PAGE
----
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Paloma Borque, Kirstin J. Harnos, Stephen W. Nesbitt, and Greg M. McFarquhar

multifrequency active and passive microwave sensors to detect and estimate ice-phase precipitation rate. This effort entails numerous GPM-specific and joint-agency field campaigns with state of the art cloud and precipitation observational capabilities (e.g., polarimetric radars, wind profiler radars, rain gauges, disdrometers, and aircraft in situ observations). One such field campaign was GCPEx conducted in cooperation with Environment and Climate Change Canada (ECCC) and NASA in January–February of 2012

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Stephen E. Lang and Wei-Kuo Tao

radiative characteristics to satellite microwave radiometric observations via a Bayesian technique. This approach later evolved into the “trained radiometer” or TRAIN algorithm ( Grecu and Olson 2006 ; Grecu et al. 2009 ) wherein the passive microwave algorithm is “trained” using space-borne radar profiles; those reflectivity profiles are in turn linked to heating profiles from CRM simulations in a manner similar to the SLH algorithm. The hydrometeor heating (HH) algorithm ( Yang and Smith 1999a , b

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Jiaying Zhang, Liao-Fan Lin, and Rafael L. Bras

information of temperature. Section 4 discusses the robustness of the results. Section 5 provides conclusions. 2. Data and methods a. IMERG early- and final-run products This study uses version 5 IMERG early- and final-run products. The IMERG level 3 multisatellite precipitation product combines precipitation estimates from all passive microwave sensors from the GPM constellation, infrared observations from geosynchronous satellites, and monthly gauge measurements ( Huffman et al. 2015 ). IMERG covers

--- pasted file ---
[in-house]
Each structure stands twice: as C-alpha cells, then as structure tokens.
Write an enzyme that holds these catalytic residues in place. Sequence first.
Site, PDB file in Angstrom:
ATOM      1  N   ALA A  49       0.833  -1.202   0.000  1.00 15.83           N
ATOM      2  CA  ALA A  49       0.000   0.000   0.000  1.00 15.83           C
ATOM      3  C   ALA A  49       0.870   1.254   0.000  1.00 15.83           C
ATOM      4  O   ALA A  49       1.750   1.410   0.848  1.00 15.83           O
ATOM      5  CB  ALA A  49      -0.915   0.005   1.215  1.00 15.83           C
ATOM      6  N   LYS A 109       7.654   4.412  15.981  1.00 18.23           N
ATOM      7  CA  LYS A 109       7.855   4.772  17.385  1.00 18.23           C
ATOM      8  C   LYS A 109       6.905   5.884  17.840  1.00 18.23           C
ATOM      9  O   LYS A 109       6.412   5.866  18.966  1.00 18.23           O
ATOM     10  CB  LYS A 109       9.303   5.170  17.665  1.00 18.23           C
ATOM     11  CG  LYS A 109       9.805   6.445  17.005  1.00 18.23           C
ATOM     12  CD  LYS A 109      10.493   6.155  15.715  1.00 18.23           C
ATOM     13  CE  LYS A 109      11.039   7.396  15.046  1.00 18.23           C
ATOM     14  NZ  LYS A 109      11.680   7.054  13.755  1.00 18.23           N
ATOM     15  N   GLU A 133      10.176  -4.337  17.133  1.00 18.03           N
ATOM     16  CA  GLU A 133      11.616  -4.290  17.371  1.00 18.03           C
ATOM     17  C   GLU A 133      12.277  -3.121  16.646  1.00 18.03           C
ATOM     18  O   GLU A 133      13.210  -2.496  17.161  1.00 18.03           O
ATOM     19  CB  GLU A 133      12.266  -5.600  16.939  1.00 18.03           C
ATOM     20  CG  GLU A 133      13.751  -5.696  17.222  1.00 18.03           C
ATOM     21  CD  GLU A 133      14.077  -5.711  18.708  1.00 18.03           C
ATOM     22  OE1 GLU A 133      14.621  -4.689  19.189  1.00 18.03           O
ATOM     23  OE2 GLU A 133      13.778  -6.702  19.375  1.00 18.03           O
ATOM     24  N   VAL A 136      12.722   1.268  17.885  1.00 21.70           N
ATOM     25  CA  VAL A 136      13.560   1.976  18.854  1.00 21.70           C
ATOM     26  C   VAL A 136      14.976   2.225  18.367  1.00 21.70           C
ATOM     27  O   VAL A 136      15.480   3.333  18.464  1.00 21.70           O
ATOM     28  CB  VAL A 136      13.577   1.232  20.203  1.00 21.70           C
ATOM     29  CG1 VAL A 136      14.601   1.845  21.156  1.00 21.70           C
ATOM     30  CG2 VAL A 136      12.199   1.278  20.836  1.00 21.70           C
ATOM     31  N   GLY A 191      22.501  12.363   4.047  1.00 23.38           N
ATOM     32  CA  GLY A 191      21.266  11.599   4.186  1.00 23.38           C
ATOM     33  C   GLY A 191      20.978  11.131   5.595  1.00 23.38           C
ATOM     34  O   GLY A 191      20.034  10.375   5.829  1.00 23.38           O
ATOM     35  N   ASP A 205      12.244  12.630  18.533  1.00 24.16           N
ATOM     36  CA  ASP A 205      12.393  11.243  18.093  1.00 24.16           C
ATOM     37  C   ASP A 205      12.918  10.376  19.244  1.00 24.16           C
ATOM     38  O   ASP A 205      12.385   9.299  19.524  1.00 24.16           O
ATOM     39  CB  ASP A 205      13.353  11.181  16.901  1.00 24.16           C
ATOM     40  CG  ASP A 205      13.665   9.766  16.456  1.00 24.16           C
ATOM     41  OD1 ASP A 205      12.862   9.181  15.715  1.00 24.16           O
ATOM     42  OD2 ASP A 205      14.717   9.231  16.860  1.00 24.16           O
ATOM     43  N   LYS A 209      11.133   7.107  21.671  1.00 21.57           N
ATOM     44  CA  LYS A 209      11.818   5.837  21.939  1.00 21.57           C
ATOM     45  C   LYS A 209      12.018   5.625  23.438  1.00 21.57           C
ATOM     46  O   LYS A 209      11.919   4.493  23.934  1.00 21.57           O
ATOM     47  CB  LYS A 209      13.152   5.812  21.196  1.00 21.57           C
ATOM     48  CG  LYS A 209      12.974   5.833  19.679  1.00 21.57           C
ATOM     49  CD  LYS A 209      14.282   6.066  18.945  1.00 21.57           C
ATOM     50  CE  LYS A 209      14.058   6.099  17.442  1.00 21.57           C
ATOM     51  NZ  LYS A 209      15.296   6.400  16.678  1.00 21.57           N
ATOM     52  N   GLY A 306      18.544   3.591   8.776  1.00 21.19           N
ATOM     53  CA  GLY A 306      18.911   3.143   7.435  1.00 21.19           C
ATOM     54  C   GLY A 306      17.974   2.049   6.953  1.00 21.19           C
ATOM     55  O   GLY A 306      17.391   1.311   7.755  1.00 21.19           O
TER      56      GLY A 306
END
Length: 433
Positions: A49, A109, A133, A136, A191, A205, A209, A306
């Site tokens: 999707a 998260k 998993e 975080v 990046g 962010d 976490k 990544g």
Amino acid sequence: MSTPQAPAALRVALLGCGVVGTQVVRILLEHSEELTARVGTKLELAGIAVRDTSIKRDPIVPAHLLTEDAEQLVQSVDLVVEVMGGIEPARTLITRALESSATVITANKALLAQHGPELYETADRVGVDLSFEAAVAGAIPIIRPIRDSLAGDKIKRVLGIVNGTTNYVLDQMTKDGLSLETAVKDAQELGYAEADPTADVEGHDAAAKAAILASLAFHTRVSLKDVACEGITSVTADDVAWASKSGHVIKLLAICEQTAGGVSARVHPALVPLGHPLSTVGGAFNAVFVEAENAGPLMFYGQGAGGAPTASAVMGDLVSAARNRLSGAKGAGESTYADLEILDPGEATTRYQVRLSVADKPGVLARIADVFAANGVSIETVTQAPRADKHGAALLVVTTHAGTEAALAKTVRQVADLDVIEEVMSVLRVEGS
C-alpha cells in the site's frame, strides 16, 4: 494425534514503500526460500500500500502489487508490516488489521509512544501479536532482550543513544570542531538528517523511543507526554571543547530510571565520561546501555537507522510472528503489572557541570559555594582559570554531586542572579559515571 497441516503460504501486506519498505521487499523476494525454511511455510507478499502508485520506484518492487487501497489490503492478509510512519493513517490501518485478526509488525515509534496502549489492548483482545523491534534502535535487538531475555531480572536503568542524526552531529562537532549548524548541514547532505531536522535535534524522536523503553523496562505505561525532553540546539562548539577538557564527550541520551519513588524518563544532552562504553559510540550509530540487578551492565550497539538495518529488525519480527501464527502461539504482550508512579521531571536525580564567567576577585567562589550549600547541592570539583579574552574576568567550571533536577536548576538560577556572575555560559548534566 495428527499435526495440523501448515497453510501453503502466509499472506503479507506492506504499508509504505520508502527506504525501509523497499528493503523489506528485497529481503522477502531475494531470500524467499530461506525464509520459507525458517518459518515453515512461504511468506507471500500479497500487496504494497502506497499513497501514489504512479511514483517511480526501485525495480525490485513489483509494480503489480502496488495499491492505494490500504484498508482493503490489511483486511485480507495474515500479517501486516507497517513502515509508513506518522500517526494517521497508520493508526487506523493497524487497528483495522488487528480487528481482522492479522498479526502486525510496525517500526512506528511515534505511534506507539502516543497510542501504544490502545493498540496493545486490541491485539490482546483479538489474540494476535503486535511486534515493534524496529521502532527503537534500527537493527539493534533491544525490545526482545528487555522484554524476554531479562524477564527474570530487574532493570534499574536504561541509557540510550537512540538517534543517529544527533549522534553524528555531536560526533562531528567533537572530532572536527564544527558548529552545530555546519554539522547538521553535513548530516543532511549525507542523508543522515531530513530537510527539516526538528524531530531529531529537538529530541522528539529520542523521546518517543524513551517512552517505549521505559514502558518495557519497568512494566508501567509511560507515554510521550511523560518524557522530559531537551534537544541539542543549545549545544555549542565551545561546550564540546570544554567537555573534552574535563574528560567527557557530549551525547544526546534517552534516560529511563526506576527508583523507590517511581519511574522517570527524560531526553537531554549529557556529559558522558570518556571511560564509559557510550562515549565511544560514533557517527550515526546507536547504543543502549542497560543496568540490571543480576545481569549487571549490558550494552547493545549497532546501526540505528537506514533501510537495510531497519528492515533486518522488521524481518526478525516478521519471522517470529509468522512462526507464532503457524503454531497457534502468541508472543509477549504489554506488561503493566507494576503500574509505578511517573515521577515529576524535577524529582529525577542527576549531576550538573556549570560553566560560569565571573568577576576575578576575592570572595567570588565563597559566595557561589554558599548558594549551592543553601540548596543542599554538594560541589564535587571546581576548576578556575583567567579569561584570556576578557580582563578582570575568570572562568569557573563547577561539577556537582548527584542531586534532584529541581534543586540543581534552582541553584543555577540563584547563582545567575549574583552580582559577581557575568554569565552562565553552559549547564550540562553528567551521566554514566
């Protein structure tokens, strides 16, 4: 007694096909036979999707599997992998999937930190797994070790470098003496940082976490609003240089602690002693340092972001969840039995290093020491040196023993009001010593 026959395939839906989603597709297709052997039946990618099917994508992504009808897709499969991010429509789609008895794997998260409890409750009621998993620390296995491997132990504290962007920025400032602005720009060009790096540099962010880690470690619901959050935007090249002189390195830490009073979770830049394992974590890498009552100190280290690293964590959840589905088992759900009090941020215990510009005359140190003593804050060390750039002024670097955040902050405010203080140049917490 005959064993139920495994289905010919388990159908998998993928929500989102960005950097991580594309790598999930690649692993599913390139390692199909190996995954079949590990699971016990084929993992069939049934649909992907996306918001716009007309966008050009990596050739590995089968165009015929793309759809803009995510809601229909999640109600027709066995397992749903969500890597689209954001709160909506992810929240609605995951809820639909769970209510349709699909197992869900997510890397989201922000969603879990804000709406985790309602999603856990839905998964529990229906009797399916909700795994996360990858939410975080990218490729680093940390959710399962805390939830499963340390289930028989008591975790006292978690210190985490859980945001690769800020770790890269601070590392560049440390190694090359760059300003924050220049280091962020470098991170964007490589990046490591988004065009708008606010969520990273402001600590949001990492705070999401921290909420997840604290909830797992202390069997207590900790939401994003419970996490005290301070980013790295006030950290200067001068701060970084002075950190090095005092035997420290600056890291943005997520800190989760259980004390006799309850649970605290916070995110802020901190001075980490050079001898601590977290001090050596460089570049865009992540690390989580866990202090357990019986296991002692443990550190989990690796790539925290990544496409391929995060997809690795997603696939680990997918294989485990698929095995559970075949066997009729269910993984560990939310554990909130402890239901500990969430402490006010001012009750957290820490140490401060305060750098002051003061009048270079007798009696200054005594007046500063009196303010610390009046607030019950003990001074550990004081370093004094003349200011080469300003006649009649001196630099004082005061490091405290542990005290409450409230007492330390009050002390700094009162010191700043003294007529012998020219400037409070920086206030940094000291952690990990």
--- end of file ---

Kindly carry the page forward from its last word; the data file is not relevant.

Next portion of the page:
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Jackson Tan, Walter A. Petersen, Pierre-Emmanuel Kirstetter, and Yudong Tian

scale suitable to their purposes. 2. Data a. IMERG IMERG is a gridded precipitation product that merges measurements from a network of satellites in the GPM constellation ( Huffman et al. 2015 ). IMERG uses the GPM Core Observatory satellite, which has a dual-frequency precipitation radar and a 13-channel passive microwave imager, as a reference standard to intercalibrate and merge precipitation estimates from individual passive microwave (PMW) satellites in the constellation ( Hou et al. 2014

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Hooman Ayat, Jason P. Evans, Steven Sherwood, and Ali Behrangi

. Kalogiros , D. Casella , A. C. Marra , G. Panegrossi , and P. Sano , 2018 : Passive microwave rainfall error analysis using high-resolution X-band dual-polarization radar observations in complex terrain . IEEE Trans. Geosci. Remote Sens. , 56 , 2565 – 2586 , . 10.1109/TGRS.2017.2763622 Derin , Y. , and Coauthors , 2019 : Evaluation of GPM-era global satellite precipitation products over multiple complex terrain regions . Remote Sens. , 11